The amp is also very fast sounding and well defined, although I would not say that either speed or definition represents the primary defining quality of HiFiMAN’s flagship amp. Rather, those characteristics seem to be byproducts of a very well thought out Class A, MOSFET-powered circuit that focuses on offering a rich, natural presentation of the recordings at hand (complete with appropriate natural warmth)—this in contrast to amps that focus on providing a squeaky-clean, pluperfect, blueprint-like, and almost clinical rendition of the sound. Those who prefer amps that wear clarity and precision on their sleeves like audiophile badges of honor might initially find that the EF-6 seems disarmingly easygoing, because it does have a certain relaxed and yet hearty-sounding quality. Listen more closely, though, and you’ll find that all—or nearly all—of the expected audiophile traits are present and accounted for. Transient speed, delicacy and nuance, and resolution of fine low-level details are all available to you through the EF-6, but they aren’t necessarily the main event; instead, musical naturalism is the main event, which suits us just fine.
Some high-end amps seem to trade in sonic revelations, as if their main goal is to expose certain aspects of your favorite music in ways you’ve never been able to hear clearly before. But when listening through the EF-6, which is plenty revelatory in its way, the overarching effect is of discovering that your music has suddenly become richer, more substantial, and above all more accessible than ever before. By helping to remove sources of constriction (dynamic and otherwise), the EF-6 let’s music flow more freely and to become (with apologies to U.S. Army for borrowing its slogan) all that it can be. This, to our way of thinking, is one of the most compelling reasons to consider owning the EF-6.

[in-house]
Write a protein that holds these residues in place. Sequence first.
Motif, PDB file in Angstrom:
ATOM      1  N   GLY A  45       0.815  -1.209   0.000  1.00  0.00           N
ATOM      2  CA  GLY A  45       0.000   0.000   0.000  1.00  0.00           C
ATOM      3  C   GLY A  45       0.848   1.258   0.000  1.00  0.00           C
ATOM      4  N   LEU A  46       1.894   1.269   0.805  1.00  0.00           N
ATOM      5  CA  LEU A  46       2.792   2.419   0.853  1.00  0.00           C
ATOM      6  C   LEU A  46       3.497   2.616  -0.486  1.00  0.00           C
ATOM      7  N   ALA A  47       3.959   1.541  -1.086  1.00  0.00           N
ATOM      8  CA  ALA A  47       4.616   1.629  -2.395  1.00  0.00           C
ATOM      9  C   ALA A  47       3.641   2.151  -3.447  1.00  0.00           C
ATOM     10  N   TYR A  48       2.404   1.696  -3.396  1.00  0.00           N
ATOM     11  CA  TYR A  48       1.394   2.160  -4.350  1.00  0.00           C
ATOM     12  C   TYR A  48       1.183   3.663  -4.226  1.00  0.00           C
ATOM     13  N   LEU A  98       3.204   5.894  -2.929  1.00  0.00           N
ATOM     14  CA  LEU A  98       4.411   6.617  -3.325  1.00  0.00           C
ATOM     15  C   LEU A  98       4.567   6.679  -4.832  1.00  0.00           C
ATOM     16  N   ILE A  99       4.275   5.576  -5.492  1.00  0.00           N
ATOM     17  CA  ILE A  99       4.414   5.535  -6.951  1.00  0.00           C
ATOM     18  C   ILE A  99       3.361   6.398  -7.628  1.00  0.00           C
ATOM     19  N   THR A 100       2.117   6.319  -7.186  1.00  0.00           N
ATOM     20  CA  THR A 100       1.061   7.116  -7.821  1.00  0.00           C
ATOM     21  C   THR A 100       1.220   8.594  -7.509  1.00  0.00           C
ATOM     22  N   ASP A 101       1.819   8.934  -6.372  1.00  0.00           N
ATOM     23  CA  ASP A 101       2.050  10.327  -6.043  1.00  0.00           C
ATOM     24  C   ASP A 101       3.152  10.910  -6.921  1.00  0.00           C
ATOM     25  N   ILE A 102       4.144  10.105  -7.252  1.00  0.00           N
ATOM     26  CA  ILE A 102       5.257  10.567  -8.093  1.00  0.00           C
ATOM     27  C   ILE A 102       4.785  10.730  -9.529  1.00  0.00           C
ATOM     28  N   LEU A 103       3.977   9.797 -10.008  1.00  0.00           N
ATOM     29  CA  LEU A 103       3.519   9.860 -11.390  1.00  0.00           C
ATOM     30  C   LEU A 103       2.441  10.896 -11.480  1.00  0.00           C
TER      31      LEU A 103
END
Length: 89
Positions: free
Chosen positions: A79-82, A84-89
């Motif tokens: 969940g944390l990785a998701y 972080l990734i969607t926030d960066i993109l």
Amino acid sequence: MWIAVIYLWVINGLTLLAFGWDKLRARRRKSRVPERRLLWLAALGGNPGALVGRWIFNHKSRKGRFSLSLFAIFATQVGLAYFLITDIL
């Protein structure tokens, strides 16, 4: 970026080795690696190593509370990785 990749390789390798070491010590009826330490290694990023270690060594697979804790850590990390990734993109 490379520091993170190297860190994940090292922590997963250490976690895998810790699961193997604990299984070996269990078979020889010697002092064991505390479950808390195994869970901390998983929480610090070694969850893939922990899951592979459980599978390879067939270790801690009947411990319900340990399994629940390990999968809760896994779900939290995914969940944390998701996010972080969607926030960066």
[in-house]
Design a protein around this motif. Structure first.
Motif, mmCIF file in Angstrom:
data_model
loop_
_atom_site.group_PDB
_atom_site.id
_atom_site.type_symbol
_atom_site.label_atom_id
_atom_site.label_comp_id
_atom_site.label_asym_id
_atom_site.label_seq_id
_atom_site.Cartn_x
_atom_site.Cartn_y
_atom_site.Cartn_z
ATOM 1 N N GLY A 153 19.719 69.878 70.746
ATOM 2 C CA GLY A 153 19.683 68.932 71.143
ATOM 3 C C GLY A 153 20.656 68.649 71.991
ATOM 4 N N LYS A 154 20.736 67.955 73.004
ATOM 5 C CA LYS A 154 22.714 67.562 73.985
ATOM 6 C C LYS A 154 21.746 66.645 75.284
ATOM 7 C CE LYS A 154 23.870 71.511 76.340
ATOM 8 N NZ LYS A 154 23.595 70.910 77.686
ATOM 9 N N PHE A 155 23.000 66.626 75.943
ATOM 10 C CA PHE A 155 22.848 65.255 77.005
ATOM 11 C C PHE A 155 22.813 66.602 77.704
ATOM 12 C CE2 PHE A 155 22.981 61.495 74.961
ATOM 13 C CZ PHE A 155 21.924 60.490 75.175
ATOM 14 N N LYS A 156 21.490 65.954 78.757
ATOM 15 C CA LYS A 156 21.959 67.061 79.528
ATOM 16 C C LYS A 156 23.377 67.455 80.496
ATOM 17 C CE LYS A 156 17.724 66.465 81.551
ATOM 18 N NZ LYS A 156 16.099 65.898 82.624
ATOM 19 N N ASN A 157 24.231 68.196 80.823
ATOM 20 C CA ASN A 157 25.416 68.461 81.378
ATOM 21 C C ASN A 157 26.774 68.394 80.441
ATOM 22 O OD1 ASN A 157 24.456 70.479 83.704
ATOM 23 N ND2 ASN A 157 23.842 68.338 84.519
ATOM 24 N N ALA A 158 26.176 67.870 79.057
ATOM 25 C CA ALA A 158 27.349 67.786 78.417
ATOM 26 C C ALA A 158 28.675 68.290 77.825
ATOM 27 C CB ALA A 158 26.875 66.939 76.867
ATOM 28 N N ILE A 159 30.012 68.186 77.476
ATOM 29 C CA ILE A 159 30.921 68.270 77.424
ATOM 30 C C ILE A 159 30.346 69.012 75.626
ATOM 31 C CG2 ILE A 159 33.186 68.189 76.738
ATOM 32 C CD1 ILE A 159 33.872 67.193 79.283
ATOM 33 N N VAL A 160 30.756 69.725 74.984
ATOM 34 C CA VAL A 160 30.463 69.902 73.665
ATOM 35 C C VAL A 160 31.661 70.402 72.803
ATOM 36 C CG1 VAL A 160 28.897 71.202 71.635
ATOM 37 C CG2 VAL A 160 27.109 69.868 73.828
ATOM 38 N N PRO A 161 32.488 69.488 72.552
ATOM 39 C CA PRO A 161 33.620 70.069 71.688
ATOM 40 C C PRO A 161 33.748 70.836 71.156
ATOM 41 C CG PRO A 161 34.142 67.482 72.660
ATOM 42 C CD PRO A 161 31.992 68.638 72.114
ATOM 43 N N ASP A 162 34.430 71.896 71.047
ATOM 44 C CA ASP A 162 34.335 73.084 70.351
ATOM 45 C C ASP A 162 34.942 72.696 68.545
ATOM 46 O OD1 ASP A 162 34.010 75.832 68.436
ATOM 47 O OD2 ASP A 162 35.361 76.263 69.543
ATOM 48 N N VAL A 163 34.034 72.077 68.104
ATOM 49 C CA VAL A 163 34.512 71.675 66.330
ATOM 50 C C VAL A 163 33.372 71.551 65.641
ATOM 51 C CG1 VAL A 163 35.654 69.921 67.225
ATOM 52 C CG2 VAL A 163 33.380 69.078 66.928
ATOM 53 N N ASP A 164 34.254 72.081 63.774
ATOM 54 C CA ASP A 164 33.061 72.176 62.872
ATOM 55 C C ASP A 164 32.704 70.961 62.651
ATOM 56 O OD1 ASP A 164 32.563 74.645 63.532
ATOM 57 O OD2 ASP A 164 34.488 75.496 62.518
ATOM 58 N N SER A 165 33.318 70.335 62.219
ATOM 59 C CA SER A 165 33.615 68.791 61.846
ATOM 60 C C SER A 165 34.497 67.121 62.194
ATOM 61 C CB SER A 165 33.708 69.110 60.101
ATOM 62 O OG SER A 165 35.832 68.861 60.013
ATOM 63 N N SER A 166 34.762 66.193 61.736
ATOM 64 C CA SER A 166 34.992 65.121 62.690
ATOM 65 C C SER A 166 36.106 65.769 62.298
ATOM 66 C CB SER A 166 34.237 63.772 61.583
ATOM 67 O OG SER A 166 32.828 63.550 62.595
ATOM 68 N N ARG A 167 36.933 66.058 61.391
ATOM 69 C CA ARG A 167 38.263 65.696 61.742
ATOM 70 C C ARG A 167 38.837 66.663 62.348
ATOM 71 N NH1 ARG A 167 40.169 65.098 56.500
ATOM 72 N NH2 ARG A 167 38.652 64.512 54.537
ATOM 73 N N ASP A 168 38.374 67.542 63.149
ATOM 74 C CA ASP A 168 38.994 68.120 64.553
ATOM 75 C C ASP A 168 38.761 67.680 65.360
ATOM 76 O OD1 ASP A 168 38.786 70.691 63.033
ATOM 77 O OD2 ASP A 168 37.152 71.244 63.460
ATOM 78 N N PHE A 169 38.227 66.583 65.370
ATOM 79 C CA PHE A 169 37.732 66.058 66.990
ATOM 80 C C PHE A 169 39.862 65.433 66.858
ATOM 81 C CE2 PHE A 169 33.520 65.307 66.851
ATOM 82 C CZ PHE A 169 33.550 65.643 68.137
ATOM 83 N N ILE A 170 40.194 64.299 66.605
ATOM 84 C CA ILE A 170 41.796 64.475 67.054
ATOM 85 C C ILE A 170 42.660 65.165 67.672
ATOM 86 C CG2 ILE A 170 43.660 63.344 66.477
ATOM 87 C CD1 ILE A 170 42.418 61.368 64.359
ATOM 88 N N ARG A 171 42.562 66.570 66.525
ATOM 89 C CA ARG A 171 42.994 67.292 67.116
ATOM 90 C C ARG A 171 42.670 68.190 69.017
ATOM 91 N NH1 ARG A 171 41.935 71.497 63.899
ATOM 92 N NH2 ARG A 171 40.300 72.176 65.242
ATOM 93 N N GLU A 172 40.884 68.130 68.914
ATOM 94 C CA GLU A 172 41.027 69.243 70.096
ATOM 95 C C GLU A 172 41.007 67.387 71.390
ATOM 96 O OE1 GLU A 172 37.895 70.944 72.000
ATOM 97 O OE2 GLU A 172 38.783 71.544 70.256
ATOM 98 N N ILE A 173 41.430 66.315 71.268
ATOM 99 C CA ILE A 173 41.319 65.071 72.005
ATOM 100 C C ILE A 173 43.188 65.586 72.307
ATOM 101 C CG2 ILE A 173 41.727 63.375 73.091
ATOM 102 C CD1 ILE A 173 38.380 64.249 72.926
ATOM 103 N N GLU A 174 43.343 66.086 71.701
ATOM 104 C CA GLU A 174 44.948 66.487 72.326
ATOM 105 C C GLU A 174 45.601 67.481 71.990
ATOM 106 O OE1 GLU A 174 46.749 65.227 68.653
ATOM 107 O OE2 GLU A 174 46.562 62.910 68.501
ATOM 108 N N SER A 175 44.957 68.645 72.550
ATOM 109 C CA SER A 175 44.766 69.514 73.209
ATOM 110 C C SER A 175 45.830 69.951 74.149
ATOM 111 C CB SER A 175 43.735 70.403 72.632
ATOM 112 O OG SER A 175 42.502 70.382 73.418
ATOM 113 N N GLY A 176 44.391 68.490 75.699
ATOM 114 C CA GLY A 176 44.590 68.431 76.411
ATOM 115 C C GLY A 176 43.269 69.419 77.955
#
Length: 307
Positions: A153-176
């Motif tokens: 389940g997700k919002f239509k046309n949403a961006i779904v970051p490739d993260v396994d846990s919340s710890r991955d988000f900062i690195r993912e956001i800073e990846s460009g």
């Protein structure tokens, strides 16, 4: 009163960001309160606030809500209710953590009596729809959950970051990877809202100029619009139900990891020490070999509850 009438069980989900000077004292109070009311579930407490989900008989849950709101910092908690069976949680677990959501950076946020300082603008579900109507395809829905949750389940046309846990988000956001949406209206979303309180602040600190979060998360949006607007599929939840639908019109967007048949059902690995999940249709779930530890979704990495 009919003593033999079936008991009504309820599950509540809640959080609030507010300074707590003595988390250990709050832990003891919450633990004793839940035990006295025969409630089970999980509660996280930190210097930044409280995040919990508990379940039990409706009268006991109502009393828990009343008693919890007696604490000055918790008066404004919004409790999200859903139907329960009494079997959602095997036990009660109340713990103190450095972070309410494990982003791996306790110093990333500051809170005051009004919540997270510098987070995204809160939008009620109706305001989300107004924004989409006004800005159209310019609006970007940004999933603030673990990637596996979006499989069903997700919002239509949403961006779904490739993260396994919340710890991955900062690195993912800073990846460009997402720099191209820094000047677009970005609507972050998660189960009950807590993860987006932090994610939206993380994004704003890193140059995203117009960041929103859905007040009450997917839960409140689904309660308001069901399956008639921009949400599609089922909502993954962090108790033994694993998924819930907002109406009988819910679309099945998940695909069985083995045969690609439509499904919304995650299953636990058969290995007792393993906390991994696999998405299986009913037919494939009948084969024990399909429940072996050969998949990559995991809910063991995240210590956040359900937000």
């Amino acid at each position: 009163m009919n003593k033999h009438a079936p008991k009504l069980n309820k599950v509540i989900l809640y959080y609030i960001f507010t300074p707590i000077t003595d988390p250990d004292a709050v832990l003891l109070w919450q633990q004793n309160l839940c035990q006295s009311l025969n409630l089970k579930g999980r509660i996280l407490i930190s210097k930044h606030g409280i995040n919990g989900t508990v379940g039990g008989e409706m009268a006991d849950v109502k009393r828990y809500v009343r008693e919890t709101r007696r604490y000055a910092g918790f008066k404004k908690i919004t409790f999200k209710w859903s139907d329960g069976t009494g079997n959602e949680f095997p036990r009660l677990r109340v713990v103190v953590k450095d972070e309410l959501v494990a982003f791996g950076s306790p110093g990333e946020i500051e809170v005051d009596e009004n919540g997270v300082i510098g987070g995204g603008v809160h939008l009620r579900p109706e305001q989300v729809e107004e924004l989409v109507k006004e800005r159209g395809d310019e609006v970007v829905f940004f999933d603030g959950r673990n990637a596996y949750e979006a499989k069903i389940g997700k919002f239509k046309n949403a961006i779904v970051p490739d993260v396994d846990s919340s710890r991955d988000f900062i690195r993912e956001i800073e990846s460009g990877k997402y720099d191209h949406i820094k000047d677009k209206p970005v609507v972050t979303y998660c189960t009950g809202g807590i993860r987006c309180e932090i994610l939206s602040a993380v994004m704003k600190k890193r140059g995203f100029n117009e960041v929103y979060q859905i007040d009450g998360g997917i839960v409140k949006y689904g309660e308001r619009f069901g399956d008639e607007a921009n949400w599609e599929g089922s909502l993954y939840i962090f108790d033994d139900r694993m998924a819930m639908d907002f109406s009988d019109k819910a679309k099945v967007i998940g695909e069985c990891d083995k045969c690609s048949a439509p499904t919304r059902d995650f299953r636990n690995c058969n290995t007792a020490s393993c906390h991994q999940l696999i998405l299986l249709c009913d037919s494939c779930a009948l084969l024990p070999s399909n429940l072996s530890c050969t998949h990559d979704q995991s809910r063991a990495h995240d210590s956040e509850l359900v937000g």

Are there drawbacks? There are a few. In the global scheme of things, the EE-6 falls a couple of percentage points behind the Cavalli Audio Liquid Fire amplifier in terms of subtlety, low-level resolution, and overarching sonic refinement. Tempering that remark, however, are two factors: first, the EF-6 is if anything even more powerful than the Cavalli amp, and second, the EF-6 is less than half the price of the Liquid Fire.
Similarly, the EF-6 is perhaps not quite as accomplished as Burson Audio’s Soloist amplifier in terms of capturing the more three-dimensional aspects of music. The Burson conveys the timbres and textures of individual voices and instruments with an almost uncanny, sculptural solidity—a quality that seems all the more impressive when you consider that the Burson is priced several hundred dollars lower than the EF6. Excellent though it is, the EF-6 is not without serious and worthy competitors at both higher and lower price points.
Finally, some amps—and I am thinking of the Burson Soloist once again—offer three-level master gain settings rather than the EF-6’s two-level settings. As I noted above, the EF-6’s high gain setting is ideal for driving HiFiMAN HE-6 headphones and other extremely power hungry, low-sensitivity ‘phones. The EF-6’s lower gain setting, in turn, works better with the vast majority of headphones that offer moderate sensitivity and are moderately easy to drive. Where the situation can become tricky, though, is when trying to use the EF-6 to drive extremely high-sensitivity earphones or headphones (for example, most custom-fit in-ear monitors).